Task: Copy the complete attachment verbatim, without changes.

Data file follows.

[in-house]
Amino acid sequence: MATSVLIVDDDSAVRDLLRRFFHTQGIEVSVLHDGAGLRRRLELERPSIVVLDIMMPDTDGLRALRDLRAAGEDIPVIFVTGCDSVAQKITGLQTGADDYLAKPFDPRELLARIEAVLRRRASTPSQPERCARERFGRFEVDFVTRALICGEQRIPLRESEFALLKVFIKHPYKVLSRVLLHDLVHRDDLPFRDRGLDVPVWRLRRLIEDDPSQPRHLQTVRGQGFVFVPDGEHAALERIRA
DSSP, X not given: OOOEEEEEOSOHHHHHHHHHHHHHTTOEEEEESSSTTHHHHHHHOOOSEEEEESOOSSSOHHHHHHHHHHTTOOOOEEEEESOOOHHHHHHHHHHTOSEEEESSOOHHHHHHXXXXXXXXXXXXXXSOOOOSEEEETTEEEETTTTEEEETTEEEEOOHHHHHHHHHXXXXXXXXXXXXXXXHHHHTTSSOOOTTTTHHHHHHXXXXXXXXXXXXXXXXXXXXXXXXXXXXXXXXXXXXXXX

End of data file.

[in-house]
Amino acid sequence: MATSVLIVDDDSAVRDLLRRFFHTQGIEVSVLHDGAGLRRRLELERPSIVVLDIMMPDTDGLRALRDLRAAGEDIPVIFVTGCDSVAQKITGLQTGADDYLAKPFDPRELLARIEAVLRRRASTPSQPERCARERFGRFEVDFVTRALICGEQRIPLRESEFALLKVFIKHPYKVLSRVLLHDLVHRDDLPFRDRGLDVPVWRLRRLIEDDPSQPRHLQTVRGQGFVFVPDGEHAALERIRA
DSSP, X not given: OOOEEEEEOSOHHHHHHHHHHHHHTTOEEEEESSSTTHHHHHHHOOOSEEEEESOOSSSOHHHHHHHHHHTTOOOOEEEEESOOOHHHHHHHHHHTOSEEEESSOOHHHHHHXXXXXXXXXXXXXXSOOOOSEEEETTEEEETTTTEEEETTEEEEOOHHHHHHHHHXXXXXXXXXXXXXXXHHHHTTSSOOOTTTTHHHHHHXXXXXXXXXXXXXXXXXXXXXXXXXXXXXXXXXXXXXXX